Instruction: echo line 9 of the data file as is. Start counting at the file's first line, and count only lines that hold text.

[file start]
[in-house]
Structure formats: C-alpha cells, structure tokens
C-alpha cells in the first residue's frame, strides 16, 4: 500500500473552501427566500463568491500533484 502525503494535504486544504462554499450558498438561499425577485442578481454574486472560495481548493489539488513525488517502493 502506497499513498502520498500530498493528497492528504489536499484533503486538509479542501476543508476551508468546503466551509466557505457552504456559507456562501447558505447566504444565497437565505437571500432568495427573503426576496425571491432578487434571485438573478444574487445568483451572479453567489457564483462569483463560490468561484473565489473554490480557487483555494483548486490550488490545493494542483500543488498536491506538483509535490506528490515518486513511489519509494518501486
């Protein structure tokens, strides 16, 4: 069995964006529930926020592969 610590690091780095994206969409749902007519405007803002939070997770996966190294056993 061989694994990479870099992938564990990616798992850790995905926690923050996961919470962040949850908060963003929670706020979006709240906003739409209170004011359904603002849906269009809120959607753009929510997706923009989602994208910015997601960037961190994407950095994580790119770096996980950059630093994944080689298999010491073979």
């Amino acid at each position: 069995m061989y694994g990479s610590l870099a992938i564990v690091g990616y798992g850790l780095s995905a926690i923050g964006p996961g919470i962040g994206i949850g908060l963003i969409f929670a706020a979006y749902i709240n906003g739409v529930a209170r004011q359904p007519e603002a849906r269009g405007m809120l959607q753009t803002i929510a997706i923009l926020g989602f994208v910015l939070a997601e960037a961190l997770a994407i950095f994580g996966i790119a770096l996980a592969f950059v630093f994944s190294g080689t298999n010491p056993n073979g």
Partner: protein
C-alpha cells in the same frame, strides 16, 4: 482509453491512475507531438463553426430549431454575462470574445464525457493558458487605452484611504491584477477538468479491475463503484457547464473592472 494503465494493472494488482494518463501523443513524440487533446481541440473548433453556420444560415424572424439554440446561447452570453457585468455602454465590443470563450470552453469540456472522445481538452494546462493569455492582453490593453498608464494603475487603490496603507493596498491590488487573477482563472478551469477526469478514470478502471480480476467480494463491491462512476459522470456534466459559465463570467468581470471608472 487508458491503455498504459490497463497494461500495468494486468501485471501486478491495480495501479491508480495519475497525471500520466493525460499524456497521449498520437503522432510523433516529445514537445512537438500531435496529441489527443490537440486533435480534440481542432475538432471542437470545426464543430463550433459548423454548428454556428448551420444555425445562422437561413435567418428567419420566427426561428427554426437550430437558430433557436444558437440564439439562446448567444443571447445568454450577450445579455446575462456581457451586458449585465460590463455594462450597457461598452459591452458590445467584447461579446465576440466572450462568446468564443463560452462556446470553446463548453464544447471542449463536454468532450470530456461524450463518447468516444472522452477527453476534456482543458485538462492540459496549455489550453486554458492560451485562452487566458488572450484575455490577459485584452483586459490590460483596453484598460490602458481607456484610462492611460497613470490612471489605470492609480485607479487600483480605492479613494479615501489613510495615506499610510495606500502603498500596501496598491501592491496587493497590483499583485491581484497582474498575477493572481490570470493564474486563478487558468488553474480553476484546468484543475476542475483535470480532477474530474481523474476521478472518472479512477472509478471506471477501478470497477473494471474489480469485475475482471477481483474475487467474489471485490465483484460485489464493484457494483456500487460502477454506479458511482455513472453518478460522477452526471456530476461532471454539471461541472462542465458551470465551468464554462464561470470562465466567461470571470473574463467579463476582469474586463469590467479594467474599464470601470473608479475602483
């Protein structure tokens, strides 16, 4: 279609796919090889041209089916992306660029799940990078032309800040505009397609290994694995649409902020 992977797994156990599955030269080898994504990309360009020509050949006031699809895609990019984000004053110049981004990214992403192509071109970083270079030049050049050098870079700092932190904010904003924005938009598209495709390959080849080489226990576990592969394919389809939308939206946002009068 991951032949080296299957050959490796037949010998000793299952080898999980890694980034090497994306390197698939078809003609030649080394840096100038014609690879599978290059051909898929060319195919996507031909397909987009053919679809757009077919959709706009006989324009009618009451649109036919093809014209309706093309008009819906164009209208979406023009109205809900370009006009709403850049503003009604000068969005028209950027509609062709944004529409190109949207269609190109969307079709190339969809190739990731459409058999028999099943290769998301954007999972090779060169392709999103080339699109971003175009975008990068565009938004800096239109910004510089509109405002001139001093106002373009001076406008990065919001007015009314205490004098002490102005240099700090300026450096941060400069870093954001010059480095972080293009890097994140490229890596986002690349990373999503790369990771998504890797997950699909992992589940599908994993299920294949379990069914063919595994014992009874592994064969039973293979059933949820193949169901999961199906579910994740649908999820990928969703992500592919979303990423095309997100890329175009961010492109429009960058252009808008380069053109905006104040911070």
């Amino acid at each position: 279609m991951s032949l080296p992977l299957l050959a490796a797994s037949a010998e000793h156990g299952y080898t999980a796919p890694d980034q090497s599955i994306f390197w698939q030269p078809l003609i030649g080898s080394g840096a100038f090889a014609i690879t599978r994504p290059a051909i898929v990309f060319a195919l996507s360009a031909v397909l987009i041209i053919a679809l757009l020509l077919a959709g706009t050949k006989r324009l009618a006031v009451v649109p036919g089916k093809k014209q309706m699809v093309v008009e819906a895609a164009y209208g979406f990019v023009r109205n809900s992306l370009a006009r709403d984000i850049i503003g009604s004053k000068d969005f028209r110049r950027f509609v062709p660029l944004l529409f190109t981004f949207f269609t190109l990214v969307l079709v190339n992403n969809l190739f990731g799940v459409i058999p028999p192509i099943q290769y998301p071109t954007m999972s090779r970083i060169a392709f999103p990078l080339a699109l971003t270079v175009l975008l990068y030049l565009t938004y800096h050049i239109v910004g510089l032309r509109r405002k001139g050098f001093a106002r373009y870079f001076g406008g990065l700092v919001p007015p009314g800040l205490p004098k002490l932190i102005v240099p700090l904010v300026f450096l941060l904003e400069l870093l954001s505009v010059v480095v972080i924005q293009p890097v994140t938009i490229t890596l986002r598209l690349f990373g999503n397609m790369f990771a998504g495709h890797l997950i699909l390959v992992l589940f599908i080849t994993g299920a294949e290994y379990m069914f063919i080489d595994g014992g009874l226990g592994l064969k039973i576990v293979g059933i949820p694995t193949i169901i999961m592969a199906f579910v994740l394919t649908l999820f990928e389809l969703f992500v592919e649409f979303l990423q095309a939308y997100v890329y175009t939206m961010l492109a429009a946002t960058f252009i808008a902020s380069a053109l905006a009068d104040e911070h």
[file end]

């Amino acid at each position: 279609m991951s032949l080296p992977l299957l050959a490796a797994s037949a010998e000793h156990g299952y080898t999980a796919p890694d980034q090497s599955i994306f390197w698939q030269p078809l003609i030649g080898s080394g840096a100038f090889a014609i690879t599978r994504p290059a051909i898929v990309f060319a195919l996507s360009a031909v397909l987009i041209i053919a679809l757009l020509l077919a959709g706009t050949k006989r324009l009618a006031v009451v649109p036919g089916k093809k014209q309706m699809v093309v008009e819906a895609a164009y209208g979406f990019v023009r109205n809900s992306l370009a006009r709403d984000i850049i503003g009604s004053k000068d969005f028209r110049r950027f509609v062709p660029l944004l529409f190109t981004f949207f269609t190109l990214v969307l079709v190339n992403n969809l190739f990731g799940v459409i058999p028999p192509i099943q290769y998301p071109t954007m999972s090779r970083i060169a392709f999103p990078l080339a699109l971003t270079v175009l975008l990068y030049l565009t938004y800096h050049i239109v910004g510089l032309r509109r405002k001139g050098f001093a106002r373009y870079f001076g406008g990065l700092v919001p007015p009314g800040l205490p004098k002490l932190i102005v240099p700090l904010v300026f450096l941060l904003e400069l870093l954001s505009v010059v480095v972080i924005q293009p890097v994140t938009i490229t890596l986002r598209l690349f990373g999503n397609m790369f990771a998504g495709h890797l997950i699909l390959v992992l589940f599908i080849t994993g299920a294949e290994y379990m069914f063919i080489d595994g014992g009874l226990g592994l064969k039973i576990v293979g059933i949820p694995t193949i169901i999961m592969a199906f579910v994740l394919t649908l999820f990928e389809l969703f992500v592919e649409f979303l990423q095309a939308y997100v890329y175009t939206m961010l492109a429009a946002t960058f252009i808008a902020s380069a053109l905006a009068d104040e911070h």